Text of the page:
2014 October 08 • Wednesday
Before J. G. Ballard's The Drowned World there was this very different take on apocalypse by water, John Bowen's After the Rain.
It seems quite indebted to John Wyndham's end of the world/survival of the species novels (The Day of the Triffids, The Kraken Wakes—water again—and The Midwich Cuckoos) but pursued its story in a different direction.
One day it starts to rain and never stops, all over the world. The cause of it is ambiguous. While it coincides with an experiment by a rainmaker, the actual rain appears to begin before the release of the mysterious rain catalyst. It could be a combination of the experiment and natural forces or one or othe other.
The main action is confined to a ship with a handful of survivors who find themselves together by chance. They become a society unto themselves and pass through democracy and despotism to a messianic worship arrived at so gradually and in reaction to such extreme hardship that it's lunacy is perfectly acceptable. (It's also slightly reminiscent of the future of society in George R. Stewart's Earth Abides.)
It's a great book and interesting to read now, as more and more people talk about climate change. The main character is a copywriter and when the rain starts and never stops, the reaction of his employers is that their periodicals must be "flood-conscious".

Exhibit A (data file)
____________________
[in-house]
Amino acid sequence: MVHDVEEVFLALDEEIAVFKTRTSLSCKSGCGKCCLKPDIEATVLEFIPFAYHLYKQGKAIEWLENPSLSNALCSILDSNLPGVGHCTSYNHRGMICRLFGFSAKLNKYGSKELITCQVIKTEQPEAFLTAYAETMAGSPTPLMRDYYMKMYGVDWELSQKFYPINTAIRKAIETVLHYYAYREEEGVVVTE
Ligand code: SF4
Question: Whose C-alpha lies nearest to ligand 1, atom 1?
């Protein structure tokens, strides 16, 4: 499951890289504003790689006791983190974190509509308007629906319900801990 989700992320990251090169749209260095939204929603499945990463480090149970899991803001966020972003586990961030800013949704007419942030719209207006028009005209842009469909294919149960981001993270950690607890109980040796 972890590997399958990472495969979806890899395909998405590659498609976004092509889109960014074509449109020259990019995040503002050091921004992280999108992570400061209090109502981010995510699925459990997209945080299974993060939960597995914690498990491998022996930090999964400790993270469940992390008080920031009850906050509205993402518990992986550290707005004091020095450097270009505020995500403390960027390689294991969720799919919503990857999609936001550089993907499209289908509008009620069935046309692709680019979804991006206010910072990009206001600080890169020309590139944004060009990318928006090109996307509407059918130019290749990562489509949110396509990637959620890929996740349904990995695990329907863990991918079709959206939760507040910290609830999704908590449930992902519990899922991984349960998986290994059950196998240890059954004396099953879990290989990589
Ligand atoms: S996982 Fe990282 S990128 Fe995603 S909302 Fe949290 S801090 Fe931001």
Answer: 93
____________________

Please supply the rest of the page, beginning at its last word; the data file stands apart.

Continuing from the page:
There's a good amount of this satirical kind of writing, never overdone, and it makes the book much more than an exploration of a "What If" premise. Certain passages gave me pause, such as "It is not bad to be a coward; that is a natural thing. But it is bad to make excuses and feel ashamed". The coverage of the British government's plan to take care of its people is grimly realistic. The way people actually behave is left out of the equation, and so the plans are doomed.
Stories like this should help us appreciate what we take for granted and how much better we could make the world if we fought harder against greed and fear.
That comes after this:
Things get much, much worse than this, and at least half of the book takes place among the small group of characters sailing and drifting on an endless ocean.
The cover, wonderful though it is, does not depict a scene from the book though it will be echoed years later in advertising materials for The Day After Tomorrow. I'm beginning to pity Lady Liberty. She's always the first to hit the ground, it seems, when the world slips on a banana peel. The previews for the 2014 Godzilla movie flaunted a battered Statue that was absent from the movie itself and who could forget her cameo in Planet of the Apes?
Fans of The Goon Show may wonder if the introduction of the character of Sonya (holding on to a floating piano) is a reference to "Napoleon's Piano".